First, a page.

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Alachua County coronavirus update

Paul Myers

BY JENNIFER CABRERA

Alachua County officials provided little new information today at a press conference to discuss the County’s response to its first COVID-19 case.

Paul Myers, the Director of the Florida Department of Health in Alachua County, said Alachua County’s first case was announced last night–a visitor from Georgia, who is currently isolated. The contacts of the 68-year-old woman have been identified and are currently under quarantine.

Myers said, “While we continue to focus on containment–and that is the identification of cases, the isolation of patients, and the isolation of their contacts–we have also shifted towards mitigation.” Mitigation involves hygiene and prevention, including hand-washing and covering coughs and sneezes.

He continued, “The other aspect of mitigation is clearly social distancing: staying home when you’re ill, staying away from people who are ill. And I can tell you that over the last several months, the intensification of social distancing conversations with our organizations in Alachua County, including the University of Florida, Santa Fe College, the School Board, Alachua County government, businesses… we have all had conversations about social distancing.”

He said that mitigation will buy time until a vaccine is developed. “Once a vaccine is developed… Alachua County is second to none in this state in terms of doing mass vaccination clinics. We demonstrate that every single year when we go into our schools.”

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Hal Grieb

Hal Grieb, Alachua County’s Emergency Management Director, said the Emergency Operations Center (EOC) is at Level 3, which is a monitoring status. He said they’ve done drills to be sure that the EOC can function virtually, and they’ve also done tabletop drills with local hospitals. They’ve also verified the availability of personal protective equipment for first responders.

County Commissioner Robert “Hutch” Hutchinson said the community is well prepared for this situation. “We’ve all heard if you see something, say something; that also applies here, whether it’s contacting emergency authorities or just talking to people about something you see that needs to be handled maybe a little bit differently.” He said he is confident that citizens will help each other with routine tasks that may become more difficult in a quarantine situation.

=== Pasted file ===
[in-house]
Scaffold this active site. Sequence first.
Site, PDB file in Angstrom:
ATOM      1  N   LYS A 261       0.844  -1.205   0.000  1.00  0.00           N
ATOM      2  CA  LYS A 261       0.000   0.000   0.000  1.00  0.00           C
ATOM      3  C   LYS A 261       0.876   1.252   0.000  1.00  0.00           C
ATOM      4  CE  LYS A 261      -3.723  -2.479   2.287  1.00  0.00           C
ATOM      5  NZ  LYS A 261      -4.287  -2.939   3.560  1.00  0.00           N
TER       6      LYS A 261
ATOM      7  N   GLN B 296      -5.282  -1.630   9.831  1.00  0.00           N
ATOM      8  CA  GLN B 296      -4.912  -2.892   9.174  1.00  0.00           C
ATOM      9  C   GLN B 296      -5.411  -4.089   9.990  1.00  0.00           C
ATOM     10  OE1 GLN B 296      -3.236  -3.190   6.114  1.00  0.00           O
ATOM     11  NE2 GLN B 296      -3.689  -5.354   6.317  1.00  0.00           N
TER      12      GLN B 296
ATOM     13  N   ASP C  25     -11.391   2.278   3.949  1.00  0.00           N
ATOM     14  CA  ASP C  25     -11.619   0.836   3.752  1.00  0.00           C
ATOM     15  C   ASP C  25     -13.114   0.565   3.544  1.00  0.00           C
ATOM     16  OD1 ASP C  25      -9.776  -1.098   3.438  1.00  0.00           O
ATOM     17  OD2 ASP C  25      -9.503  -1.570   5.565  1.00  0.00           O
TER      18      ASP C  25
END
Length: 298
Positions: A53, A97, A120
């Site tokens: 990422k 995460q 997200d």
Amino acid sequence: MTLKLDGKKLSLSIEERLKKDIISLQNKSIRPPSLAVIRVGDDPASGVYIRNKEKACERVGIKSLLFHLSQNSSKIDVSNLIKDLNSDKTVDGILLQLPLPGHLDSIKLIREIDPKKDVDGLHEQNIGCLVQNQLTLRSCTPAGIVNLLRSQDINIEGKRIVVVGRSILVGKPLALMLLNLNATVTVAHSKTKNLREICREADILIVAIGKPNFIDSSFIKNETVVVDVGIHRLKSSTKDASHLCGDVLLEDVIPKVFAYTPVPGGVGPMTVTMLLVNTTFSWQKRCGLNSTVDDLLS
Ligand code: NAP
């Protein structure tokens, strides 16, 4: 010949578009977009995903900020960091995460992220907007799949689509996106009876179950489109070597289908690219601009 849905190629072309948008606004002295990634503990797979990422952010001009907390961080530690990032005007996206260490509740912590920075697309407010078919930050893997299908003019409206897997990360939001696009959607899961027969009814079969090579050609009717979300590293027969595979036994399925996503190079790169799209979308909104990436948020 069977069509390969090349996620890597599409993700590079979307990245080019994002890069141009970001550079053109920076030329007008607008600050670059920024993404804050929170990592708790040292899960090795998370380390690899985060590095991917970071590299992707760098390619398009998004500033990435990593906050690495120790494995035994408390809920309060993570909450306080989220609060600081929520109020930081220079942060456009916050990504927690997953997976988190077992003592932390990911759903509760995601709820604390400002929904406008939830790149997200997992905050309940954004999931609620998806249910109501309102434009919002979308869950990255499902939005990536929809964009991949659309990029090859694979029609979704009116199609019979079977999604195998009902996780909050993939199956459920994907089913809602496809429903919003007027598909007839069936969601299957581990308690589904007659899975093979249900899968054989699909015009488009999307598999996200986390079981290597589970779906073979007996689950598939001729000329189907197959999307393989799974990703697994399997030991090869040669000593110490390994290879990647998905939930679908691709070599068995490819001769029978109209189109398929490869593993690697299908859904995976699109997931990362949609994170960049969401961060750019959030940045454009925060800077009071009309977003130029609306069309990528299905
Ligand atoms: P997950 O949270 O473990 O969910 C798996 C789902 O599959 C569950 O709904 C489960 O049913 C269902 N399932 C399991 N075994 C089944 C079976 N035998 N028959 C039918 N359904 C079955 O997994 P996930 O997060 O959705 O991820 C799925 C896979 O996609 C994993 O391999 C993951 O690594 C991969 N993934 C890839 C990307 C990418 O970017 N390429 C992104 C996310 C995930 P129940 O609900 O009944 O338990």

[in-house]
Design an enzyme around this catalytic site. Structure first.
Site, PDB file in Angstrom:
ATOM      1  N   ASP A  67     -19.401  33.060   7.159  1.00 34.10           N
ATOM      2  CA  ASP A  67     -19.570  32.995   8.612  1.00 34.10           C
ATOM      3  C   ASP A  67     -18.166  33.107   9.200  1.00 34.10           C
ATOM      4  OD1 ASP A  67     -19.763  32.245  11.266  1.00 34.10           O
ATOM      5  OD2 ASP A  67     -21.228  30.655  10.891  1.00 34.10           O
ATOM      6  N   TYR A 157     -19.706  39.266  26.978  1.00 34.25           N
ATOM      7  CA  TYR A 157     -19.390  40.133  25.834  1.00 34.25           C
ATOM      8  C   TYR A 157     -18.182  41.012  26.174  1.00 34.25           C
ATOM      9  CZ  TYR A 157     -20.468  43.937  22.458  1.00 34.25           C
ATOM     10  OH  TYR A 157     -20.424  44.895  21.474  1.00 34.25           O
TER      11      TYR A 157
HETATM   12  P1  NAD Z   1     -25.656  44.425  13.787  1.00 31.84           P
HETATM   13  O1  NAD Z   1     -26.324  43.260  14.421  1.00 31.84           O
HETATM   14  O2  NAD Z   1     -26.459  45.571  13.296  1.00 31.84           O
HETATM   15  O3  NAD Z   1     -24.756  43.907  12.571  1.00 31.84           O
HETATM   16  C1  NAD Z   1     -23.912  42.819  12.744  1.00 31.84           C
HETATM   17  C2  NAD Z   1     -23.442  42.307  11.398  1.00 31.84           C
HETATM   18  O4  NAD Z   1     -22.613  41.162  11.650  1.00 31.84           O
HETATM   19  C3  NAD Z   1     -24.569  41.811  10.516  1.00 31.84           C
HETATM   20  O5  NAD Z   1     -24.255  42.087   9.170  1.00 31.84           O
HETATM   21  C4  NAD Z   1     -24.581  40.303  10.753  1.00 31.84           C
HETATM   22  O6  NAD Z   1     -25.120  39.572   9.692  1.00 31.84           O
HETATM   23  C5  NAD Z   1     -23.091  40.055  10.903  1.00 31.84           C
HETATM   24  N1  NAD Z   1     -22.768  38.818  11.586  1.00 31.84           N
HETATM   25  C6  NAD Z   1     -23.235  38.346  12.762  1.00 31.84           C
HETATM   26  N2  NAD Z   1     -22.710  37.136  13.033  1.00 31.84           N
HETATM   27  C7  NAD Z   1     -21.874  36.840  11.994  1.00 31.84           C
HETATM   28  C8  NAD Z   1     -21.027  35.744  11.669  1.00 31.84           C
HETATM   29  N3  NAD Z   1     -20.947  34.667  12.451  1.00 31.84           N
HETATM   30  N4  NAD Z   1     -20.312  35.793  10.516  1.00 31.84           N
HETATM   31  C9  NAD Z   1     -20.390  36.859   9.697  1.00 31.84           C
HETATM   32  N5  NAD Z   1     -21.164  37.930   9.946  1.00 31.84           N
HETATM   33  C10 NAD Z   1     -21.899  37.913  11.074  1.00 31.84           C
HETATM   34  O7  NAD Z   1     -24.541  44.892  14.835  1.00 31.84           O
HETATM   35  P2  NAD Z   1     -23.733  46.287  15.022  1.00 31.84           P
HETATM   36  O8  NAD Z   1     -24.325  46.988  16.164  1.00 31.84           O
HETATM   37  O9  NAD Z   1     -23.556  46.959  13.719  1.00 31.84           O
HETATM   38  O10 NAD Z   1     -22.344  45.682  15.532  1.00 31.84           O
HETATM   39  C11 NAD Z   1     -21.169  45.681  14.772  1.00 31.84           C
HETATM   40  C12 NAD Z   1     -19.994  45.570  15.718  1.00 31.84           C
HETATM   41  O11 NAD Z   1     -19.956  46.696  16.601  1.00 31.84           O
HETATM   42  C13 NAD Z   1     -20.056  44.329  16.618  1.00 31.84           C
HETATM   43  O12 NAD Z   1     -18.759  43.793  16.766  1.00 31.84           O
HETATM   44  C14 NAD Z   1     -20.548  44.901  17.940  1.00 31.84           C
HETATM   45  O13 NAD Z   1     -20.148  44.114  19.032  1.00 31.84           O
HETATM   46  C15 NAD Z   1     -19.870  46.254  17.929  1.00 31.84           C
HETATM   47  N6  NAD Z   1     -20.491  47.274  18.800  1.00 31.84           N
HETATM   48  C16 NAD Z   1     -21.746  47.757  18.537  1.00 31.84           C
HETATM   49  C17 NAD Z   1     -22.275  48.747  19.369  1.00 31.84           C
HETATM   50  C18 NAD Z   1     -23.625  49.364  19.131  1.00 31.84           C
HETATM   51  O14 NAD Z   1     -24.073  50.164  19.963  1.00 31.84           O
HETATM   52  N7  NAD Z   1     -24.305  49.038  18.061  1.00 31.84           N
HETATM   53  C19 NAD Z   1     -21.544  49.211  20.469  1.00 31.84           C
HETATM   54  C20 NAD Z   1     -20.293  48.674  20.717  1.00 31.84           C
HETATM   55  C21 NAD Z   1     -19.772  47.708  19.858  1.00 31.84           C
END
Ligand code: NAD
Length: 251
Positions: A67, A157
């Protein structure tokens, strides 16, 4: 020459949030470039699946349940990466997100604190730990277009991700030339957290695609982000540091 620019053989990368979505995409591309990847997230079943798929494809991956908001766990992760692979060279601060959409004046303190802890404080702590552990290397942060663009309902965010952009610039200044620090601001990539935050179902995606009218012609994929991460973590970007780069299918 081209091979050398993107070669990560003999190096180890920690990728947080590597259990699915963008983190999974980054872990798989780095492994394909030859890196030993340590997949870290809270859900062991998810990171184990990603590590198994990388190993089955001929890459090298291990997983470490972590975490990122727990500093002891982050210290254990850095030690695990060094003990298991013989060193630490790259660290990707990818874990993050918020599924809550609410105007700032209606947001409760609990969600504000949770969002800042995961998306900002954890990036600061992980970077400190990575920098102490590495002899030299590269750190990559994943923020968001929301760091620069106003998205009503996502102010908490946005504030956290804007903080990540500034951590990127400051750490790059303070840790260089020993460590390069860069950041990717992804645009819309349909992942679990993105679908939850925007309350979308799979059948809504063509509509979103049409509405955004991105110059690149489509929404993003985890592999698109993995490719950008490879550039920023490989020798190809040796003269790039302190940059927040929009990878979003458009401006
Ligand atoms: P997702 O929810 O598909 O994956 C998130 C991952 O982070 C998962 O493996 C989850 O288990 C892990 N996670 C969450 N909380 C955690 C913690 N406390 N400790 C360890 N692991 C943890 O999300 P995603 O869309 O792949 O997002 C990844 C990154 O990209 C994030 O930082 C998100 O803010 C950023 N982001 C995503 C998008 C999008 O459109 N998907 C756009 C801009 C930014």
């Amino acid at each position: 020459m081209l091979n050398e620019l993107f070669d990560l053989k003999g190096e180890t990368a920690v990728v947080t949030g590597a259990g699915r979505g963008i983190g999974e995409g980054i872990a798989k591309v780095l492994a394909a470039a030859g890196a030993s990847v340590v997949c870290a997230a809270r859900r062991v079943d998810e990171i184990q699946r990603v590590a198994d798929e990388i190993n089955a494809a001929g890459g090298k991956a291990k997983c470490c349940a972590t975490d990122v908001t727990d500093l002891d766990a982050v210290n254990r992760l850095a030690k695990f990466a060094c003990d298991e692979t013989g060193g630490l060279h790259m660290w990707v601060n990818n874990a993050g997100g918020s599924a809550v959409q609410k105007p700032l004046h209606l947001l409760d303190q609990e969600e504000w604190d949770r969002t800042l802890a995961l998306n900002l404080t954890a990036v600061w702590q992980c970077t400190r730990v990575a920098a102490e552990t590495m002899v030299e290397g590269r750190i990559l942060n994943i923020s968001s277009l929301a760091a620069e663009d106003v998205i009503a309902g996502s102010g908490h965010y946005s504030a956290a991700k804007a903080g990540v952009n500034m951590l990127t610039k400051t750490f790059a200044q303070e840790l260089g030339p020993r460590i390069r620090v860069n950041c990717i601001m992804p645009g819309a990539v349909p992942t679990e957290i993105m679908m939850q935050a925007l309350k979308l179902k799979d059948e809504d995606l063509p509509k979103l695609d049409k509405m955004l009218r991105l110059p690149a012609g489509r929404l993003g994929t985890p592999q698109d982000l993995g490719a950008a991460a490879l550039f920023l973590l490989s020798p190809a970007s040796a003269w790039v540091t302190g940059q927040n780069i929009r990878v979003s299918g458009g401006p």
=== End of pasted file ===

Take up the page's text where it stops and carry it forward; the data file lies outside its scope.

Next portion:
In response to questions, Myers said the infected woman “arrived in Alachua County within the last week.” He said she will remain quarantined in the area until she has been cleared to travel. He wouldn’t give any further details, including how many people the woman has come into contact with, but “I am very confident that we have identified most, if not all, of them, at this point.” He said the Georgia Department of Health is leading the investigation into how she contracted the illness.

Myers said decisions on closing campuses and canceling events would be made on a case-by-case basis. He said people should contact the Health Department and/or their medical provider if they have symptoms. “Nobody in Alachua County who has met the criteria for testing over the last month or so has been denied it… There is no shortage of tests.”

The criteria to be tested are changing daily, but today they include being hospitalized with a respiratory illness of unknown etiology (in other words, they’ve ruled everything else out), being a contact to a confirmed case, having traveled to one of the CDC Level 3 Advisory countries and becoming symptomatic, and being over the age of 65 with chronic illness and suffering from a respiratory illness.

Myers refused to say where the woman has been in Alachua County: “I know where she went in Alachua County, and I know who her contacts are, so the risk to this community is very low.”

Myers encouraged people who are over the age of 65 with underlying health conditions to consider the risk before attending any mass gatherings or even their normal daily activities.

Myers refused to say how many tests are pending for people in Alachua County. He said the Florida Department of Health is providing aggregate numbers for the state. “I don’t want to get into the number of tests that are pending in Alachua County. I can tell you that I do have tests that are pending; I can tell you that I do have scores of negative tests that have been completed, and only one has come back positive.”

Since the press conference, we’ve learned that the University of Florida is moving all classes online starting Monday, March 16, and the NCAA has advised that no fans should be allowed at sporting events, including an announcement that March Madness games will be played without fans. We’ll have more on these stories as official announcements come out.

Local residents can find the latest information at Alachua County’s Coronavirus site, or they can call the state hotline at 866-779-6121.